Farmers are concerned the aid packaged announced last week by the Trump Administration will not help them financially.
On Thursday, USDA drastically changed the demand outlook for soybeans in their July World Agriculture Stocks and Demand Estimates (WASDE) report, citing Chinese tariffs which are no stranger to the market.
China has been gobbling up the world’s soybeans at breakneck speed over the past decade. But as the trade spat with the U.S. escalates, its imports of the oilseed are set to decline for the first time in 15 years.
In the July 12 World Agriculture Supply and Demand Estimates (WASDE) report on Thursday, USDA detailed the effect they expect Chinese tariffs to have on dairy exports.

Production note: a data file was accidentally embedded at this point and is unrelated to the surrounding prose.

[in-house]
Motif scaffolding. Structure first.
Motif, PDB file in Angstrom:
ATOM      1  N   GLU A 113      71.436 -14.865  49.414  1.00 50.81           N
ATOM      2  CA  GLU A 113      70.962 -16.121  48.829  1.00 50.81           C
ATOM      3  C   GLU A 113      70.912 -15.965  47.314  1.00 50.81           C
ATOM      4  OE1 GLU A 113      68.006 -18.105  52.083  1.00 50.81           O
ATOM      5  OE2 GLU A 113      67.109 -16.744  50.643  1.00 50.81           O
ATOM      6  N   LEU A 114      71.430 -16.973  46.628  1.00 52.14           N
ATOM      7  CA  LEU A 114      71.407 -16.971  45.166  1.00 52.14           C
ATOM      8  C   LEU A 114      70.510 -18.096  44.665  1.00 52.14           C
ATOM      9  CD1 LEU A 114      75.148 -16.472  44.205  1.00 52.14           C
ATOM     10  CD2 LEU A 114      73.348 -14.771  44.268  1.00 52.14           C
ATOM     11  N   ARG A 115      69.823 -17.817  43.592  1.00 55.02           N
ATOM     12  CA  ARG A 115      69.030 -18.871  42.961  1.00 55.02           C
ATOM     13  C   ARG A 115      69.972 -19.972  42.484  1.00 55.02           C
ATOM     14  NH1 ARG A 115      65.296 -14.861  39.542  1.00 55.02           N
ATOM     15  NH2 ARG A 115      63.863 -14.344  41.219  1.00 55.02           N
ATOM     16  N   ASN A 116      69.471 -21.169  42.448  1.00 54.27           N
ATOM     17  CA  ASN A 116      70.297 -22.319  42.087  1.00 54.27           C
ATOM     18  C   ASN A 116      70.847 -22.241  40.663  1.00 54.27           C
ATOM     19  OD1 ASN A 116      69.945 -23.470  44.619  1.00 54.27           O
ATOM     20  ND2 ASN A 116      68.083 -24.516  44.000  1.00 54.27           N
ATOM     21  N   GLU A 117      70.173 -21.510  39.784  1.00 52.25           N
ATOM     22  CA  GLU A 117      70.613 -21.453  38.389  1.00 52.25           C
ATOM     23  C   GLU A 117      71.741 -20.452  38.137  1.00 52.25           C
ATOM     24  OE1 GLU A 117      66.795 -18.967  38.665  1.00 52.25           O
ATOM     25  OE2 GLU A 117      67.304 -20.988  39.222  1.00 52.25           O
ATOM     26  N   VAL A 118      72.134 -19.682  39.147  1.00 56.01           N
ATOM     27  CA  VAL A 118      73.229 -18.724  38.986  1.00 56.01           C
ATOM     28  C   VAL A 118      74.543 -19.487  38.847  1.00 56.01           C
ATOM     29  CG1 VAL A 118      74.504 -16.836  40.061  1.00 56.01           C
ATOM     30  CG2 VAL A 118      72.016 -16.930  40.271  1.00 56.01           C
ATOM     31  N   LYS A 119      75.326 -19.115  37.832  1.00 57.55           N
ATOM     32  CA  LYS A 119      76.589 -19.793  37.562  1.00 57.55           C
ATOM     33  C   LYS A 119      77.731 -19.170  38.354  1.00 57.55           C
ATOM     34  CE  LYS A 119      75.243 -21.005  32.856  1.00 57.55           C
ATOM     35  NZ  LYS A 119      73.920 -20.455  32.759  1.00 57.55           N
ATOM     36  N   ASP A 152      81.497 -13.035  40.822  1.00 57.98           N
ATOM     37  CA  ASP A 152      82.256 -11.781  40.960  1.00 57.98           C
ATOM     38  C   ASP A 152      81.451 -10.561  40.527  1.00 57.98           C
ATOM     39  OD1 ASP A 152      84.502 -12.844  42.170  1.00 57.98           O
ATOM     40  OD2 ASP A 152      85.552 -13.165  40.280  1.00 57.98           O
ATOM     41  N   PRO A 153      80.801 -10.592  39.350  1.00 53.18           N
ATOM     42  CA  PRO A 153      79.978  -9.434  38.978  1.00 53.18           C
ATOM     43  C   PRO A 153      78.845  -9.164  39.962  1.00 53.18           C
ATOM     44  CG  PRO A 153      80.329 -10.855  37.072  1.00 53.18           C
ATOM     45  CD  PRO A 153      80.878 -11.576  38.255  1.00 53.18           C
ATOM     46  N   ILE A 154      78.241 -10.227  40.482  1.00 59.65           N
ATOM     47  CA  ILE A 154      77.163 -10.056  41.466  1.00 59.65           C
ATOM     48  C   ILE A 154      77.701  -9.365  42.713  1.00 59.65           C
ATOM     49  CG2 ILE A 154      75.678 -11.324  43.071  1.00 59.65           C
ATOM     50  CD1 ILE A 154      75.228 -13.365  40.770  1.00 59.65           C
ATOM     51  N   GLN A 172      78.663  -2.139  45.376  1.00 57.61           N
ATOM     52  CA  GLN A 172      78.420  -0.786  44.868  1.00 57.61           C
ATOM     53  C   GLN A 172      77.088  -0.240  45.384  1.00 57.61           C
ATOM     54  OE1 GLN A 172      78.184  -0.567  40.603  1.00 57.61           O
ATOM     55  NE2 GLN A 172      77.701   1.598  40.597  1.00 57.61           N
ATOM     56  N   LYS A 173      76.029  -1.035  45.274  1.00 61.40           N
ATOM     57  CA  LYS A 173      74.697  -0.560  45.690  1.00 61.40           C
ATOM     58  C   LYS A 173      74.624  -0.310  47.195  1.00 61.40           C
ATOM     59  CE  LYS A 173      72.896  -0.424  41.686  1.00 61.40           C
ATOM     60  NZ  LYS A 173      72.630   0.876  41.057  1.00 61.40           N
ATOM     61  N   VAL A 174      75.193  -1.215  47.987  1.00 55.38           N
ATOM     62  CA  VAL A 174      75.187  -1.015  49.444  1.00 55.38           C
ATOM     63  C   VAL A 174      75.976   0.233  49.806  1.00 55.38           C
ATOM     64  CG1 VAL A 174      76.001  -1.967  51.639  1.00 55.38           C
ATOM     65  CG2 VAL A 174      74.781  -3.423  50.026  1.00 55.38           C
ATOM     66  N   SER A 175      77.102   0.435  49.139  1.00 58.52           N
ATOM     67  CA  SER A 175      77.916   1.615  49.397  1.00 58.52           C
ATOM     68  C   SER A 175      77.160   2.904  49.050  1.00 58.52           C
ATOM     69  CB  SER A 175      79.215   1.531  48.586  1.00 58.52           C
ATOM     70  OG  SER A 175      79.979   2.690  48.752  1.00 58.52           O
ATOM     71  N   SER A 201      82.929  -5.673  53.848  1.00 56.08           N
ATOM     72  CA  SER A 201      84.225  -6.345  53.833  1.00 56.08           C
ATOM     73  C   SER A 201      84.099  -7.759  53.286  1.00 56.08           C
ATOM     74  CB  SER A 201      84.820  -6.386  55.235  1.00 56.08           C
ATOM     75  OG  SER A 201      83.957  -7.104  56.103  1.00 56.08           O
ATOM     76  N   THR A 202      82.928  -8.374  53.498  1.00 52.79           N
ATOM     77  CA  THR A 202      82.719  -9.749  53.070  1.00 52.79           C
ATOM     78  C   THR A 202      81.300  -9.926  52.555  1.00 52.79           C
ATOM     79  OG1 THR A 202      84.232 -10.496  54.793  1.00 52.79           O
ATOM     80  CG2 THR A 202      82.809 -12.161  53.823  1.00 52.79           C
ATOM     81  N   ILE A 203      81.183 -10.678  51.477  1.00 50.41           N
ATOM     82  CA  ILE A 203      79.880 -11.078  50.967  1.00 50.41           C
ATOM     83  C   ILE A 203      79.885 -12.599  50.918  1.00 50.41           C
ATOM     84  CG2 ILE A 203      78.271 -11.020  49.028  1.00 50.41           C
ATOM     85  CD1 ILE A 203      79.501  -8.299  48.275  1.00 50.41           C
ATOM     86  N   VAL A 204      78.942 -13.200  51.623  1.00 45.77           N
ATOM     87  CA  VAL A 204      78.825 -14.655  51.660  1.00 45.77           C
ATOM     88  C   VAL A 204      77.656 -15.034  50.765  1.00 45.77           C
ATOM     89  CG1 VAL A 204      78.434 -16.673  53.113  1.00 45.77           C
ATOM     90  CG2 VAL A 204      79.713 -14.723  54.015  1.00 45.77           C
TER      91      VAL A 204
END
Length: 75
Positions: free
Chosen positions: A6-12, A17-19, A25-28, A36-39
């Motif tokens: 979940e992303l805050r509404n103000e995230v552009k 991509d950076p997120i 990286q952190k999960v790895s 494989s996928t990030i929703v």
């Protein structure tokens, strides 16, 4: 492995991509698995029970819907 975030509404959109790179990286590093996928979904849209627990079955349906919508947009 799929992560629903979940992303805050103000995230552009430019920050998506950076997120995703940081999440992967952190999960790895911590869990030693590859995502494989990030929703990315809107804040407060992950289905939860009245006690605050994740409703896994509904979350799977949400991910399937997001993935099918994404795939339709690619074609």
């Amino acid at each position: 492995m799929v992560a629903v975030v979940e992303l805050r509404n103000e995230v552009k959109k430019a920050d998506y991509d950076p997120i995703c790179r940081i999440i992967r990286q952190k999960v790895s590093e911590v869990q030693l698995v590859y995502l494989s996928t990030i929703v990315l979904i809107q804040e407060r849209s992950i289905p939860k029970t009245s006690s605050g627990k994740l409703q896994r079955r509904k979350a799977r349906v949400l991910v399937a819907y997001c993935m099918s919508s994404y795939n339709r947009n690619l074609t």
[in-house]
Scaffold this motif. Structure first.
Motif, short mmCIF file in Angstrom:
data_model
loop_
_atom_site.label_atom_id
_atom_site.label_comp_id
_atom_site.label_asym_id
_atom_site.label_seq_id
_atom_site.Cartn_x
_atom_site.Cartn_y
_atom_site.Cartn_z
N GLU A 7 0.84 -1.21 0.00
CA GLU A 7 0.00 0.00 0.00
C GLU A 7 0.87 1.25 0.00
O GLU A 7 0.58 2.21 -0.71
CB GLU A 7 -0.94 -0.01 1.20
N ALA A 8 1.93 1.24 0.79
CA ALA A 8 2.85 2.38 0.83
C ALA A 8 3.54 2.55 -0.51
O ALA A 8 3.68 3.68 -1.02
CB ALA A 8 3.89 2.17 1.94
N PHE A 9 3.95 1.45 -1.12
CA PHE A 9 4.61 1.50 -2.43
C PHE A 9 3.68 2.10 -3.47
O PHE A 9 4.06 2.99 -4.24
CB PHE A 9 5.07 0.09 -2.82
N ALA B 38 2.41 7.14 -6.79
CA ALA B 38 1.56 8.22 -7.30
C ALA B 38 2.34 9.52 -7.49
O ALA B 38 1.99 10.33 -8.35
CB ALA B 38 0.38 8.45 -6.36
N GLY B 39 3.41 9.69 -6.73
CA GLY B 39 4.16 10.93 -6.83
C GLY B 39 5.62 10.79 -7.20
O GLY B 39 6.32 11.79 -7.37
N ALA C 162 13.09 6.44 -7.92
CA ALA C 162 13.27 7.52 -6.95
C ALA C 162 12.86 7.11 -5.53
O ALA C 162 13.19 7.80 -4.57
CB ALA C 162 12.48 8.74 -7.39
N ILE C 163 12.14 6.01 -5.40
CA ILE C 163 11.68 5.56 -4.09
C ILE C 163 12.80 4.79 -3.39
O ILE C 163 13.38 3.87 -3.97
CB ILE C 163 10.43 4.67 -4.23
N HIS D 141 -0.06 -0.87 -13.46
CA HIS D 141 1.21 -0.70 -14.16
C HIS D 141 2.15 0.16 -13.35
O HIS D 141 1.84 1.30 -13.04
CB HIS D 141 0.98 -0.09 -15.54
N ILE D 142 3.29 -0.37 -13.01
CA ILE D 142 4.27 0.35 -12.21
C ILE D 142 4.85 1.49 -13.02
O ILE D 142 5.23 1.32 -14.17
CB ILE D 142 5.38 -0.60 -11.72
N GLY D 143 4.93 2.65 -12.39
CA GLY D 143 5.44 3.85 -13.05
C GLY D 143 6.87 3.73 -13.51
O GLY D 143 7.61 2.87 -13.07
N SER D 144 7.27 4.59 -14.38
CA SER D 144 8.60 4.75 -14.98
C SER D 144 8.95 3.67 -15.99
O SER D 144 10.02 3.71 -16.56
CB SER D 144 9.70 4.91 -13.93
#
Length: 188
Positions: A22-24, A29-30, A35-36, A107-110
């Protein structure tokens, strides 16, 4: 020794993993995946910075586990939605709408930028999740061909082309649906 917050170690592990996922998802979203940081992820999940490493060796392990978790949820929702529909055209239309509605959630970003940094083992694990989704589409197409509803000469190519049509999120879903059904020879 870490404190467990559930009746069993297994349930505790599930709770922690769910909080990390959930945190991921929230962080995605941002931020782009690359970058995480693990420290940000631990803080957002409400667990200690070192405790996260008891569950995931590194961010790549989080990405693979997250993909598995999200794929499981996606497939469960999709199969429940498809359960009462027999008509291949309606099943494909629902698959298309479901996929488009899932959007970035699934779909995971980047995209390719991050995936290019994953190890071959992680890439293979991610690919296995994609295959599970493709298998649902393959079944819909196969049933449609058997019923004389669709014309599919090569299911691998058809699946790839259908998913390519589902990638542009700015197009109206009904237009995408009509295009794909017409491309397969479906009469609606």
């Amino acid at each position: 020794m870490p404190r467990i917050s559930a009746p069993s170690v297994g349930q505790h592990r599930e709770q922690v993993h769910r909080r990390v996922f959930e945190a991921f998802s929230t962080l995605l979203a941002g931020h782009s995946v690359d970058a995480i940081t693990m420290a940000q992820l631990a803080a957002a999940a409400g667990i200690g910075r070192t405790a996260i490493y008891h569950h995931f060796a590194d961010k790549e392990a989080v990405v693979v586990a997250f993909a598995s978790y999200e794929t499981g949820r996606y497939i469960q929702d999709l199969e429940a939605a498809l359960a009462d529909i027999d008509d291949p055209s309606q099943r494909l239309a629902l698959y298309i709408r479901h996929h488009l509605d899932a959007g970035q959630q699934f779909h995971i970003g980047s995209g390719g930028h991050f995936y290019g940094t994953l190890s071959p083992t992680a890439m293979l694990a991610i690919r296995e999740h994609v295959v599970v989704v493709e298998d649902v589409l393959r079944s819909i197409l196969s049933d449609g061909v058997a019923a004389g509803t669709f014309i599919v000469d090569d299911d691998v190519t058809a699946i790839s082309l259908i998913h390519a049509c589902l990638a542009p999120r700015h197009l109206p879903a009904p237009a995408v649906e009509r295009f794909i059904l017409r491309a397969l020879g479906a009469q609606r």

The U.S. Senate took President Donald Trump to task on trade but fell short of curtailing his power to impose tariffs.
Soybean prices in the U.S. and Brazil, the nations that account for roughly 80 percent of global exports, have taken drastically different paths thanks to Donald Trump’s trade war.
The U.S. trade deficit narrowed in May to its smallest since October 2016 on a jump in exports of soybeans and aircraft amid the threat of retaliatory tariffs.